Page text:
No crossing the border; Kenyan and Ugandan traders resort to mobile money and smuggling.
By Pius Sawa, Kakamega- Kenya
For many years Ugandans and Kenyans have relied on each other for cross border business at Busia point. Not until COVID 19 pandemic, traders from Kenya would freely cross to the Ugandan side for common merchandise especially textile (vitenge), cereals and fish. On the other hand, Ugandans crossed to Kenya for sugar, detergents, blue band, rice, cigarettes and more.
But since the two countries locked their borders as measures to restrict movement to reduce the transmission of the Corona virus disease, the business community has suffered a great deal. Roselyn Wanjala from Kitale, about 400 kilometers North of Busia town was trading in table clothes, hand bags and textile for the last 5 years. She was receiving orders from neighbors and church members and made good profits to invest in farming.
“I applied for a loan from a microfinance institution to start the business. I used to make like three trips to Busia to get the supplies for my clients, and the profits were good.” However, the situation changed when the pandemic was announced that saw Uganda closing its border with Kenya.
Smuggling is now the only option that traders like Roslyn can apply if they want to stay in business. They have to liaise with the Ugandan suppliers, or hire somebody who will cross the border, get the items and maneuver through panya routes to deliver them to the buyer on the Kenyan side.
“It is very dangerous because I hear one has to cross through water, and swim to the other side, risking being arrested by the police on either side,” said Topista Obinde a trader from Mumias town. She makes detergents and gets her supplies from Busia town.
Fish is a commodity that relies on the Ugandan fisherman. Most of the fish supplied in western Kenya markets come from Uganda. With only 6 percent of Lake Victoria in Kenya, Uganda’s 42 percent has become a major seller to Kenya, but at a cost. “Uganda closed the border so no more fish comes to Kenya, or if it comes it has to be through hardship and getting it is a challenge,” says Florence Makokha a fish seller in Kakamega.
Yvonne Khayeshia has been selling fried fish in Kakamega with a big number of clients at her kiosk in Amalembe estate. She used to get her supplies from Busia on a daily basis until Corona virus came in, making it difficult for Yvonne to run the business.
“I used to get fish from Kisumu but it is no more, I think it is due to climate change and over fishing that has led to fish in the lake to disappear. I get from Busia Uganda and it is a challenge. You have to fight for the fish. You must catch the earliest vehicle to Busia and reach the market before the Uganda sellers bring the fish at the border market. At times you miss and come back without.”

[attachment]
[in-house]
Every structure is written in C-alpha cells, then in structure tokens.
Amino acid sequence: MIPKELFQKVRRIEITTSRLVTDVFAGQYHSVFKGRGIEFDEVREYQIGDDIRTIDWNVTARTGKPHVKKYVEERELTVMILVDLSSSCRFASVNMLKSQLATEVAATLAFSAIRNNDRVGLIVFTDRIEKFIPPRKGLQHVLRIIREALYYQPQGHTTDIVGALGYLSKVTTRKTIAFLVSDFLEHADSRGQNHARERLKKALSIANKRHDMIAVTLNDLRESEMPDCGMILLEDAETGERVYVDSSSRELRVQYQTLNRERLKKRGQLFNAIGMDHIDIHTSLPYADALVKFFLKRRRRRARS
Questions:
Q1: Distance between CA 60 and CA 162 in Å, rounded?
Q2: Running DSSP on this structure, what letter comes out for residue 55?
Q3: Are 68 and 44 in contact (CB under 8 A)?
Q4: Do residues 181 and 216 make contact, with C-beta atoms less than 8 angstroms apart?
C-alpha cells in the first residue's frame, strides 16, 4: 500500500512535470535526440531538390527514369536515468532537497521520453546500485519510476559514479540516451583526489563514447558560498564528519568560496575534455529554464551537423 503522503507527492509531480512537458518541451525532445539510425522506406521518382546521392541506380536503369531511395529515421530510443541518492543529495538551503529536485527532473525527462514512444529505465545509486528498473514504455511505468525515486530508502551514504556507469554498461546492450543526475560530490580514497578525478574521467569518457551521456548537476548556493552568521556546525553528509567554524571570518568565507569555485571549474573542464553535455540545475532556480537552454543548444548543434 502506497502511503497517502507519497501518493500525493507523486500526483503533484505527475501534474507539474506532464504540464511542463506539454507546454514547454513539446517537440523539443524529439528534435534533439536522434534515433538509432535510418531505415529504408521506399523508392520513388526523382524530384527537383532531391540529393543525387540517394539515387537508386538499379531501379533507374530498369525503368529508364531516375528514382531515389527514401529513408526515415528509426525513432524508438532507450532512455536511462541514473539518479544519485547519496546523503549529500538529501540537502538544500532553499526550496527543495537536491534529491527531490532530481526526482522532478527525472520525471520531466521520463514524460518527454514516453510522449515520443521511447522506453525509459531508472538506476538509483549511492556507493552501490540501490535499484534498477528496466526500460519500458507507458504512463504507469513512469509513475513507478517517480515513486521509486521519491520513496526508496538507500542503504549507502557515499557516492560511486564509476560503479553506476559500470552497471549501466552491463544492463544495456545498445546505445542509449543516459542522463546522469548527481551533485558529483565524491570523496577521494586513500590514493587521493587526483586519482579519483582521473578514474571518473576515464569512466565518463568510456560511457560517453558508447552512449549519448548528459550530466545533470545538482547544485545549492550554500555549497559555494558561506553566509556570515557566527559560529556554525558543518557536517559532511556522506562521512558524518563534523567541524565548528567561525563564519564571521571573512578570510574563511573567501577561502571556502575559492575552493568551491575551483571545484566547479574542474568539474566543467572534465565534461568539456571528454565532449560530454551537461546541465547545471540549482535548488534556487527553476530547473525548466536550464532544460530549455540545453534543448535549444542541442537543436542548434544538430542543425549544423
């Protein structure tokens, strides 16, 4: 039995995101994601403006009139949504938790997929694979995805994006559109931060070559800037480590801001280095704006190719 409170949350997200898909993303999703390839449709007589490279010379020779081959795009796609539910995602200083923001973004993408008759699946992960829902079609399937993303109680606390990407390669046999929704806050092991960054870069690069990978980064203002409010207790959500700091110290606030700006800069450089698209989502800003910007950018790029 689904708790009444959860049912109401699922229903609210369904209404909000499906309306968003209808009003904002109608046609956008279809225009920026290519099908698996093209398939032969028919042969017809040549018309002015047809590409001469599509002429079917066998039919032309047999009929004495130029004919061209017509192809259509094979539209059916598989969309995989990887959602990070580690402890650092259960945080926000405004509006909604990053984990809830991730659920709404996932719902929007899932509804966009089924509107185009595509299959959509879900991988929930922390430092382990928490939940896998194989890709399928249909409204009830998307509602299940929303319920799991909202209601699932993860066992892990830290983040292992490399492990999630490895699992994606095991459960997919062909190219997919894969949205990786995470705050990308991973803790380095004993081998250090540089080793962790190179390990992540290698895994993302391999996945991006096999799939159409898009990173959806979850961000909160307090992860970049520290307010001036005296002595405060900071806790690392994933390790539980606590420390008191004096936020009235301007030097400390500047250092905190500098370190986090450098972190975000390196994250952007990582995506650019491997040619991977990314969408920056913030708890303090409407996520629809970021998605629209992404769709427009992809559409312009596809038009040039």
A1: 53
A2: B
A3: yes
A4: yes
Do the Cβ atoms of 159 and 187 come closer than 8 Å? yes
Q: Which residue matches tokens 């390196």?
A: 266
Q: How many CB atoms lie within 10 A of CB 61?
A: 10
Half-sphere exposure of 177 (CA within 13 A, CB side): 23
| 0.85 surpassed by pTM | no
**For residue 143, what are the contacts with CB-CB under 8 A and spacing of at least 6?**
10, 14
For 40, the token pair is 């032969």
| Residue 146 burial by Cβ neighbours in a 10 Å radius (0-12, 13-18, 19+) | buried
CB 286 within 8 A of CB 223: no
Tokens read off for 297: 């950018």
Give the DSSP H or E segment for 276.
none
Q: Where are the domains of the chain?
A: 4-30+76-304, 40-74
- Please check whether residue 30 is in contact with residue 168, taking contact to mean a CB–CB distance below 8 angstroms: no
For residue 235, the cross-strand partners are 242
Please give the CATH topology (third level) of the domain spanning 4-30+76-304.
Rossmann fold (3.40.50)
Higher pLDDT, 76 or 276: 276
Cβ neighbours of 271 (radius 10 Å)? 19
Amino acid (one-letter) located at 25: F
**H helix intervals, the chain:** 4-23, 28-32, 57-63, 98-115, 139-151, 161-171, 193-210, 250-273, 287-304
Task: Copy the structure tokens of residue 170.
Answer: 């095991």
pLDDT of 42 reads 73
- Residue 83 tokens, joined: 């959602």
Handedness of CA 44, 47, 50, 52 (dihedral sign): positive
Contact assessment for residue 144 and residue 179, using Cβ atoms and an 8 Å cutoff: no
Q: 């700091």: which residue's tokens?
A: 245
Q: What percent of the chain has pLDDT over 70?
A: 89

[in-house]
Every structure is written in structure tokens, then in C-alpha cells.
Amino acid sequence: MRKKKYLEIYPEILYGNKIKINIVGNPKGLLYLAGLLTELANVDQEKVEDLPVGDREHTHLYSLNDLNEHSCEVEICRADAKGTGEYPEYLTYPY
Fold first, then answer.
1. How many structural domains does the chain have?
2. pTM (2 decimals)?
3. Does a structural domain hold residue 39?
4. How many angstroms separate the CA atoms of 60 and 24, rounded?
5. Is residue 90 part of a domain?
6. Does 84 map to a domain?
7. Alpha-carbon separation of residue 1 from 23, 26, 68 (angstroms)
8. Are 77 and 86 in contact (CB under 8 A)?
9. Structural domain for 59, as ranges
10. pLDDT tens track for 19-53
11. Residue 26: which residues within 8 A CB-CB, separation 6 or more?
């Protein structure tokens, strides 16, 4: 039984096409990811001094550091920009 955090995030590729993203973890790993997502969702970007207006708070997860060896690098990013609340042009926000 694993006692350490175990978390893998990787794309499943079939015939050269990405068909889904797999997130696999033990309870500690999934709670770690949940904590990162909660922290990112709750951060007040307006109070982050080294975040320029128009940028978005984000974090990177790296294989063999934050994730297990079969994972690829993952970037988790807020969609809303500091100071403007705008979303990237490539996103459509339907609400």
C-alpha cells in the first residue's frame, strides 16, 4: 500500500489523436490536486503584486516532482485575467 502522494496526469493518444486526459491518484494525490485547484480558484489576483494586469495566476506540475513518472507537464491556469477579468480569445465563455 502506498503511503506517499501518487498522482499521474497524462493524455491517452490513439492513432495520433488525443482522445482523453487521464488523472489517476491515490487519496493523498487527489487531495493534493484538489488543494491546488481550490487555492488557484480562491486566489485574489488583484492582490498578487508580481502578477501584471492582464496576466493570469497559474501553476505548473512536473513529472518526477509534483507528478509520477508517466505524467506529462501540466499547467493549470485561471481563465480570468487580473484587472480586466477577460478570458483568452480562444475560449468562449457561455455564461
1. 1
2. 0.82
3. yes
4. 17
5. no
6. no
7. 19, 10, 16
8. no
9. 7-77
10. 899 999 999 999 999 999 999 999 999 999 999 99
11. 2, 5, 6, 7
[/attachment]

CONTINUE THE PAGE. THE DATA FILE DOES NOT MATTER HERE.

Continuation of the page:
At Kambi Somali fish market, Florence Makokha Onyango, who is the chair person of the fish sellers at the market, says since Corona started, they are forced to buy fish from China which is cheap but not delicious.
“The Kenyan and Ugandan fish are on very high demand, though very expensive. But the fish from China has been boosting our business, because they make us maintain the supply to our clients. It is easier to get the Chinese fish, as you just send the money to the factory and the fish is delivered by a track.”
The high cost of transport, increased fish prices and other underlying needs for a fish seller like Yvonne, the only way is to increase the price of fish, which causes another conflict with her clients. “Everything from transport, cooking oil and the fish price is high. So you are forced to make a profit but many of the clients will not understand. So the business has slowed down.”
Most of the women have so far stopped selling fish and opted for other business like selling vegetables. However it is hard for them to start new business. “If you feel like closing the fish business, and you have responsibilities and dependants, it becomes a problem. But if you had a way out, you could abandon it given that the profit is little as compared to years back when we used to get plenty of supplies from the lake,” says Yvonne.
It is now six months since the two countries locked their borders, which has seen Ugandan fish mongers create a new way of doing business. With the use of mobile money transfer system, Yvonne now does not have to travel to the border to get the fish. She uses her phone to place an order with the Ugandan seller, who packs the fish and puts in a public vehicle that will deliver the fish.
“We were making losses, travelling to Busia and fighting for the fish, which you either get or miss. So the Mpesa service has saved us from that. You just send the money and they will pack your order and it will be delivered,” says Yvonne.
Much as the cost of transportation is higher, the traders are assured of getting their supplies. They don’t have to go through brokers who will exaggerate the prices or hoard the fish for a profit.
“At least am sure that if I don’t get the fish today, tomorrow I will be the first one on the list to get.”
With this, traders have reduced the risk of contracting the corona virus as they don’t travel in public vehicles and they don’t as well flood the fish market.